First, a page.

Book of Boba Fett review: The desperate side of Star Wars

Tatooine is a rough place in Star Wars. Not everyone is the type of person who sits in a bar like Mos Eisley, that “wretched hive of scum and villainy,” but even the good and just people of the desert planet would likely admit that the wretched hive has all the power. A planet far away from the concerns of the Imperial and the Rebellion, it doesn’t feel like a place for redemption. It’s ever-present slave trade, moisture farm raids, and criminal overlords seem to just emphasize the matter.

Which is what makes its heroes so beloved. That Luke Skywalker of all people grew up in a place like this, that it molded and shaped him, is part of his appeal. And it’s a large part of Boba Fett’s as well, at least in the first episode of The Book of Boba Fett, “Stranger in a Strange Land,” which debuted Wednesday on Disney Plus.

Boba Fett escapes the Sarlacc pit
Image: Disney Plus

There’s a lot on Boba Fett that will feel very familiar to fans of The Mandalorian, which won’t be a surprise to anyone who watched the bounty hunter’s return in that show. The two men are very similar. Neither is prone to speaking much, both would be more than happy just to do their jobs and be left alone. But director Robert Rodriguez and writer Jon Favreau are clear about one difference: this is the gritty western space show where the outlaw guy with a cool helmet takes the helmet off.

And it’s a good thing, too, because to hide away Temura Morrison’s face for too long would be a grave mistake. The New Zealand actor, described in 1995 by Roger Ebert as “a leading actor as elemental, charismatic and brutal as the young Marlon Brando,” is on full display in Boba Fett. Gone is the mysterious allure of Mando, replaced with the pains and tensions of aging made undeniable on a face burned and beaten more times than its owner can count.

Morrison’s magnetism comes from a sense of desperation that seems to occupy Boba Fett at all times. The show starts with a flashback to Fett’s notable ending in the original trilogy, death via Sarlacc pit. But watching Boba’s escape from the belly of the beast doesn’t just feel like adding more details to his Wookiepedia page; it shows the desperation and hunger of a man willing to survive, even if he isn’t exactly sure why.

The sections of Stranger” set in these flashbacks are short on conversation and long on Boba Fett getting beaten up. There are Jawas, lizards, and most notably, Tusken Raiders. Morrison is pushed repeatedly to survive, barely allowed to drink water as he’s made part of a two-person chain gang. These scenes clearly have the same reference points as Mandalorian, with the long shots and dramatic scores of Sergio Leone’s spaghetti westerns.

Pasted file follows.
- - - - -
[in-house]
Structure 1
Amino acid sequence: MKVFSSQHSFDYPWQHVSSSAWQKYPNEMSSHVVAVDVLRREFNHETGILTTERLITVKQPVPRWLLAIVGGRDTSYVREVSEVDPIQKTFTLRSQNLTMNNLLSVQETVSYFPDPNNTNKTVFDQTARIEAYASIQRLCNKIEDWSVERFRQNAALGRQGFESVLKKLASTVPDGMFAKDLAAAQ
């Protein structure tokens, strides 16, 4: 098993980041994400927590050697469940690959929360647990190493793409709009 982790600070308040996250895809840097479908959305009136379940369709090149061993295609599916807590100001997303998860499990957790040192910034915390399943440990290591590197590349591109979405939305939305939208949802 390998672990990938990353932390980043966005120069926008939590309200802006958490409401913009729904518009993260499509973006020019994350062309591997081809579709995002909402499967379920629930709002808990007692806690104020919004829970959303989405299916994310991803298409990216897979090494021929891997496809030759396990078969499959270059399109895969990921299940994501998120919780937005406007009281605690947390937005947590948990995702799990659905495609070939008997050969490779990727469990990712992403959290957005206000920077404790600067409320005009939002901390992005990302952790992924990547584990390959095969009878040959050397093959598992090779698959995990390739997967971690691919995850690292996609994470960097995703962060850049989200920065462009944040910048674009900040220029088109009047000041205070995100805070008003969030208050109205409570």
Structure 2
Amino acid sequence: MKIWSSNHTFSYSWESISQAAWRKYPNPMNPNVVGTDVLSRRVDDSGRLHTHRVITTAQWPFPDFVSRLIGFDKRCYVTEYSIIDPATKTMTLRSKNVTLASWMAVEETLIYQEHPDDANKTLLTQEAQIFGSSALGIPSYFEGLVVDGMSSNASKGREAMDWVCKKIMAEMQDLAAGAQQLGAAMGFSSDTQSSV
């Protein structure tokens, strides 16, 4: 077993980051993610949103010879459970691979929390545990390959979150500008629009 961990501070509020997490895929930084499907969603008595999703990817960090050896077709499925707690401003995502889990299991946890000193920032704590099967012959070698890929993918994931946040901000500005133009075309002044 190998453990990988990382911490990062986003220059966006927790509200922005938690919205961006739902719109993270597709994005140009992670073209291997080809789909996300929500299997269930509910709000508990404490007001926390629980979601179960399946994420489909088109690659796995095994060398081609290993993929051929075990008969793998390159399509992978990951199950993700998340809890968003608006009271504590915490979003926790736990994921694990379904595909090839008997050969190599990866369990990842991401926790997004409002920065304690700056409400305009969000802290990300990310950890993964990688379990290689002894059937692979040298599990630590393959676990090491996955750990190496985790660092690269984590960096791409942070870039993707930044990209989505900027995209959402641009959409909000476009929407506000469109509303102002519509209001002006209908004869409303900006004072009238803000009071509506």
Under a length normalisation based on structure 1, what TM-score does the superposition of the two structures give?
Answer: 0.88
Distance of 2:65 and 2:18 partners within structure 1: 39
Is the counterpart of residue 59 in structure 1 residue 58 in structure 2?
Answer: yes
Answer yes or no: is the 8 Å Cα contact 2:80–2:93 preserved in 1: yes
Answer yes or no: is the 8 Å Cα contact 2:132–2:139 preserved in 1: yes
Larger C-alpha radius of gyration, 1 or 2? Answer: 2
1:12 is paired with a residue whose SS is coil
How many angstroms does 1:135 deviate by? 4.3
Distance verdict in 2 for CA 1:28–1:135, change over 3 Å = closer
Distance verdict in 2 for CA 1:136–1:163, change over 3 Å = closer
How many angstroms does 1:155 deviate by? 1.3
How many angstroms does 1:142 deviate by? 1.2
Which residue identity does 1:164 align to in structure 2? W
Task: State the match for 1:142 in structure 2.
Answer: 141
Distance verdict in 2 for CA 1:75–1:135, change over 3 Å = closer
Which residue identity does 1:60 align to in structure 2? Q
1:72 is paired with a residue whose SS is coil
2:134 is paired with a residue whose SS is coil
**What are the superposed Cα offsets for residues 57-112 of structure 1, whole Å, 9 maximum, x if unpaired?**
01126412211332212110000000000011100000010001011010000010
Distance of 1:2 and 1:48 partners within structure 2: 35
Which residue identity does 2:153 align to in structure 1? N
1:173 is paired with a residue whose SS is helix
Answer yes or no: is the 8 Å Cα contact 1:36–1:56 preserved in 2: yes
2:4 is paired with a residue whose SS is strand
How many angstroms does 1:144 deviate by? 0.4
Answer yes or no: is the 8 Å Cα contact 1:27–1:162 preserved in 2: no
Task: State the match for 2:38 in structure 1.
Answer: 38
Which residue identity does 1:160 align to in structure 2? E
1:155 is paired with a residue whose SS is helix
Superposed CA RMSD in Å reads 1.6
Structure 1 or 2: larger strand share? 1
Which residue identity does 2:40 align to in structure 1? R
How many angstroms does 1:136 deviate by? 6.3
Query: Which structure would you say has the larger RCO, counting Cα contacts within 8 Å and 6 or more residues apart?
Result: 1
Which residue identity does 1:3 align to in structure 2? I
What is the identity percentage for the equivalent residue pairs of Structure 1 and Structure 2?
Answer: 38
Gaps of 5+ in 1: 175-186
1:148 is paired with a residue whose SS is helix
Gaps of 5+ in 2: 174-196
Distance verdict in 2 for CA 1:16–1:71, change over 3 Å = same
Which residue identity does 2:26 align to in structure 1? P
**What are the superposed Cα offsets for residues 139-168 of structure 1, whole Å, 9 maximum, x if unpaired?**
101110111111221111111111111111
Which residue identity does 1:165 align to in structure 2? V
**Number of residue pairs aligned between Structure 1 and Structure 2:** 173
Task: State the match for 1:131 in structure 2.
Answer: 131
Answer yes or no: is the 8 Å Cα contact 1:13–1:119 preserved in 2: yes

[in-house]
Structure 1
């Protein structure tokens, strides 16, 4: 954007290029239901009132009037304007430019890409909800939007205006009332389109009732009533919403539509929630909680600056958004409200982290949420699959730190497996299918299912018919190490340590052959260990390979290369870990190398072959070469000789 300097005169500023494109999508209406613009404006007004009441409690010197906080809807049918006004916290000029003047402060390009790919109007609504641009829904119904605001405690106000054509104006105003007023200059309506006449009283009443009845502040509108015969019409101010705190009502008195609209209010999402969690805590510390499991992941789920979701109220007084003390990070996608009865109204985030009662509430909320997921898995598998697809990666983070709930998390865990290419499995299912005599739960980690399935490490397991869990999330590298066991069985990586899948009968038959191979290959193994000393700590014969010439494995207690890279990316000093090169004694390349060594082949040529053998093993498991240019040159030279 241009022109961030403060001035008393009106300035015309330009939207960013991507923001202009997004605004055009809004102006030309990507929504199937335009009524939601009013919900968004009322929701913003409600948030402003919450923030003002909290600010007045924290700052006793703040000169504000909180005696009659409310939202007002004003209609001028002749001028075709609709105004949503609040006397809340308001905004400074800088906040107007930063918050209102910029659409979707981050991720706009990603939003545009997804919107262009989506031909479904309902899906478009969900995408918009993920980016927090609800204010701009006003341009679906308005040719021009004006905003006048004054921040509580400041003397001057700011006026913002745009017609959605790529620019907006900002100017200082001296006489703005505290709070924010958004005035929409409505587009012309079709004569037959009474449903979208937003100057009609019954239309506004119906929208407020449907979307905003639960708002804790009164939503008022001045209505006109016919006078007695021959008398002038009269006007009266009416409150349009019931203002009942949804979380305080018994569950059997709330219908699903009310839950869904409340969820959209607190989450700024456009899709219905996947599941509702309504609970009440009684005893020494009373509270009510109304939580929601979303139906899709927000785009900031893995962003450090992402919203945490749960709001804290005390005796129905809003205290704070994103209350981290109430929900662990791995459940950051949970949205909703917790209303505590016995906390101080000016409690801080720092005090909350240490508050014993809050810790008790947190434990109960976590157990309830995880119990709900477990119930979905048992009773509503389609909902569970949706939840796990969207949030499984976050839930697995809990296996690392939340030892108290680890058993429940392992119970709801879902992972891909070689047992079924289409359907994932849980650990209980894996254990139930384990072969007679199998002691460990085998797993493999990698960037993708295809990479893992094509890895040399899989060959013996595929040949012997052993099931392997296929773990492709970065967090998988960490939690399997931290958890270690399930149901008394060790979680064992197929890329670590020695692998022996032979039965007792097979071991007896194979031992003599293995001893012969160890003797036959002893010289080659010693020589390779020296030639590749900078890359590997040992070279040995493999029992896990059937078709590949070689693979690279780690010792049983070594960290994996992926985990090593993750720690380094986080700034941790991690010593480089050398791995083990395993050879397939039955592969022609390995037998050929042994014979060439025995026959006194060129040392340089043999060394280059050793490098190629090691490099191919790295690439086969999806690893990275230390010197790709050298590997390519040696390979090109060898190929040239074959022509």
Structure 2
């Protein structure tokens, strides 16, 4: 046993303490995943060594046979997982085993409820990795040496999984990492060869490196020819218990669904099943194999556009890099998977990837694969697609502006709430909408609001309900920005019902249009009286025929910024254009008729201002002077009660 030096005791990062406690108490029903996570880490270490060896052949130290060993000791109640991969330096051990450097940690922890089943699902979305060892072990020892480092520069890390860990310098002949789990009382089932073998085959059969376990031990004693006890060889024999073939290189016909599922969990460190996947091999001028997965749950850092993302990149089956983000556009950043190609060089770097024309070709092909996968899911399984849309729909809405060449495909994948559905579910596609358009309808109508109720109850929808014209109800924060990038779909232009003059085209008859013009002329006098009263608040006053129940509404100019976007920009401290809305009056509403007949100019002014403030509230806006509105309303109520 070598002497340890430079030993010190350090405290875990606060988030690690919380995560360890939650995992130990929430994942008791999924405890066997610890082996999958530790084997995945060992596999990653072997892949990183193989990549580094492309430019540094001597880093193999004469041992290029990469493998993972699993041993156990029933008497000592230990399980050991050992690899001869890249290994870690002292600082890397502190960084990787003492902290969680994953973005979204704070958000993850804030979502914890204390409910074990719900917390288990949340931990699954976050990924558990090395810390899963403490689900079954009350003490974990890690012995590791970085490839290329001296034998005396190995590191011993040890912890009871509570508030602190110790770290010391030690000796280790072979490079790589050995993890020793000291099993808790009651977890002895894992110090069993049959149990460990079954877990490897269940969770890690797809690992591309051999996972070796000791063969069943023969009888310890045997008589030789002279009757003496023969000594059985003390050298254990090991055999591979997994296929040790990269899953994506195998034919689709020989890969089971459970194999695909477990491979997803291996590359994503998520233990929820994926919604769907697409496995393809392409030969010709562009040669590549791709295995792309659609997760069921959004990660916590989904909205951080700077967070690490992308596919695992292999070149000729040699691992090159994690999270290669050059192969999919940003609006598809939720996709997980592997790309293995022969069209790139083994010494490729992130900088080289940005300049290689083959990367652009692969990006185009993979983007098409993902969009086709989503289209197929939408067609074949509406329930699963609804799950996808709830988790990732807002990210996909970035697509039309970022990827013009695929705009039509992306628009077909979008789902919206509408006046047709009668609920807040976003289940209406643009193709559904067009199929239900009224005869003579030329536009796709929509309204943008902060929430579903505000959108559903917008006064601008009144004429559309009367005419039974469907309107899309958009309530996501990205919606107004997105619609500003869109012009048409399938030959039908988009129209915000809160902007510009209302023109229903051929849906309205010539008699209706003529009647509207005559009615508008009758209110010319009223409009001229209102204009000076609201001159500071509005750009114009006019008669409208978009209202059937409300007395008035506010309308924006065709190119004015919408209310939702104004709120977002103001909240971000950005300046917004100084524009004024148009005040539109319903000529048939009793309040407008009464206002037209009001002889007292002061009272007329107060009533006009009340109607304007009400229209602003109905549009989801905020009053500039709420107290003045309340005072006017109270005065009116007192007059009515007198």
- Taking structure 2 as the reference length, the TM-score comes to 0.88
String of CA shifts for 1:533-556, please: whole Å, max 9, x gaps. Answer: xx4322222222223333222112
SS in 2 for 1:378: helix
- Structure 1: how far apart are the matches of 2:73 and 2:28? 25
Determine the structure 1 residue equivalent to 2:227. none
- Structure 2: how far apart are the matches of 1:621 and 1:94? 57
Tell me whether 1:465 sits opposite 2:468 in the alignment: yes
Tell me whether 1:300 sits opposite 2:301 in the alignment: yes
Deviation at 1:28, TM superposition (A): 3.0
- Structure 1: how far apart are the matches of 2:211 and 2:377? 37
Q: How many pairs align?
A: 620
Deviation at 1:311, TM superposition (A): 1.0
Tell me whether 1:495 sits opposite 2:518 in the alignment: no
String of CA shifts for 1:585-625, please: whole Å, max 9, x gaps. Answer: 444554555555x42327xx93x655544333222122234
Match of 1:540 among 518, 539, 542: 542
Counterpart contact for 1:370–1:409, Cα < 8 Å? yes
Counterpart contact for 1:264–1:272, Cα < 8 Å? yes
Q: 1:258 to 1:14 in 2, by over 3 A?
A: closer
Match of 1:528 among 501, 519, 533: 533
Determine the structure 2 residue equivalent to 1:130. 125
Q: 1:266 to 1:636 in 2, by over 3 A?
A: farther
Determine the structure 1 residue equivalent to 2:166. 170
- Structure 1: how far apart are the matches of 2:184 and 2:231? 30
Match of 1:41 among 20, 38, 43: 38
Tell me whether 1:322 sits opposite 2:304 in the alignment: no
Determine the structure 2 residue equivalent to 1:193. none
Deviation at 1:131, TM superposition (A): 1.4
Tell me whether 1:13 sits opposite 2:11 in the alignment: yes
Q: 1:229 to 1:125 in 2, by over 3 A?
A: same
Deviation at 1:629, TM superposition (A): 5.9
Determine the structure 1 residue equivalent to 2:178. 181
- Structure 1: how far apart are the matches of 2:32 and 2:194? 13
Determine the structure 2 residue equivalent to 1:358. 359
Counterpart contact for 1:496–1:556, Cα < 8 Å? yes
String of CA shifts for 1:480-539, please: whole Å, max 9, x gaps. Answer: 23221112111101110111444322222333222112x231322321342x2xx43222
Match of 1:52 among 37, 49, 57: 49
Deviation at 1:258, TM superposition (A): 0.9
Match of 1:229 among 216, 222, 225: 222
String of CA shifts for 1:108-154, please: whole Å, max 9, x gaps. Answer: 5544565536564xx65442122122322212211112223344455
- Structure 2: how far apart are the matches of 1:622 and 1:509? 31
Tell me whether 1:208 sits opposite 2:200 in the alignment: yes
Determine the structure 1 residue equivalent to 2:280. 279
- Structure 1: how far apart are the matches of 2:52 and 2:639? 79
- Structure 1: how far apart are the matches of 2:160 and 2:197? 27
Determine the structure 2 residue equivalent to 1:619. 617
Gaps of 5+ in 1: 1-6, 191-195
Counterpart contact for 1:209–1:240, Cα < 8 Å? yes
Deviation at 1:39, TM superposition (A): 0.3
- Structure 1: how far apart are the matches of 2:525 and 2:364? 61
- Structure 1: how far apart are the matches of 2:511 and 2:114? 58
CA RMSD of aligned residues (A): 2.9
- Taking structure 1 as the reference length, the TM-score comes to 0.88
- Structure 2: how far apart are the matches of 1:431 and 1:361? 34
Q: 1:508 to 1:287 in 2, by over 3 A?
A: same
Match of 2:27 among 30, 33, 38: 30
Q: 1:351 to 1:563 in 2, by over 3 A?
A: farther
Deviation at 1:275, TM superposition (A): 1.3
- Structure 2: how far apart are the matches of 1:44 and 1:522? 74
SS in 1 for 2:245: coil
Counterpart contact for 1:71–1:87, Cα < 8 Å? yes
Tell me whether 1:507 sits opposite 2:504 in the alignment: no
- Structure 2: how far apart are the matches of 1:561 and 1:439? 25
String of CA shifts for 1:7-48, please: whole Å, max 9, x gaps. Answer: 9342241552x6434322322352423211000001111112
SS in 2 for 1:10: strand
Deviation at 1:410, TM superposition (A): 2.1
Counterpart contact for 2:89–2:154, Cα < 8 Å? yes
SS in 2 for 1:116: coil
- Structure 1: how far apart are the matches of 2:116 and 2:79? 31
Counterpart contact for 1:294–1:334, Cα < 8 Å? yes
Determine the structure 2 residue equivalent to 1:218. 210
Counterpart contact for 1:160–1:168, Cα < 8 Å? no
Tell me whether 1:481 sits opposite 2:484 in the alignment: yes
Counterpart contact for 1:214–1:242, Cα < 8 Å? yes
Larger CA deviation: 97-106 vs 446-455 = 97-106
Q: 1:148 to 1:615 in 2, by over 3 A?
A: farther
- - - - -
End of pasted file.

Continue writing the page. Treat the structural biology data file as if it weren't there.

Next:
But while Mandalorian seemed to relish isolation, Boba Fett can’t find a moment to himself. Out of the Sarlacc pit and into the hands of Jawas for old Boba, there’s isn’t much difference. There is the desperation of noir on Boba Fett’s Tatooine, which Guillermo del Toro recently described to the film magazine Little White Lies as “the tragedy that emerges between the haves and the have-nots.”

Fennec Shand and Boba Fett in the Book of Boba Fett

Fennec Shand and Boba Fett, ruling as the Hutts would
Disney

The next section of “Stranger” concerns Boba Fett’s new reign as a “have.” He’s been named the new head of the Hutt crime syndicate, which is a little like getting into Studio 54 after the last days of disco. There’s some prestige in the title, but things clearly aren’t what they used to be. The mayor, of all people, only sends his majordomo (David Pasquesi) to pay tribute and then ends up demanding tribute from Boba.

Pasquesi once played the ex-husband of Julia Louis-Dreyfuss on Veep, and he clearly has a knack for getting under the skin of powerful people. He infuriates Fett’s second-in-command, Fennec Shand (Ming-Na Wen), with his rudeness and diplomacy-is-war-by-other-means attitude. Amidst a collapsing organization, the majordomo’s head appendages feel like a nautral-born jester’s hat, mocking a proud tradition.

There’s some nice comic work in Boba Fett, including Matt Berry as a droid seemingly once loyal to the Hutts. Pasquesi is one of the show’s stand-outs, allowing for a quick repreive from everyone on the show who would shoot first and ask questions later (most people).

The mayor’s majordomo in Book of Boba Fett

The majordomo has a face that clearly deserves to be punched.
Disney

Fett doesn’t want to be an extravagant crime boss like any of his slug-like predecessors. He wants to be a crime boss of the people, walking under his own two feet with two green pig-guy bodyguards by his side. He wants to rule with respect, not fear. But the question of if the people and various bosses of Tatooine want such a ruler in the first place is wide open.

While Ming-Na Wen gets some good shots in, Book of Boba Fett is focused on Morrison’s rage, boiling just underneath the surface. It’s hard to tell where any of this will go, but the show seems to content for viewers to understand that first and foremost, this is a man who will not serve a master. Not anymore.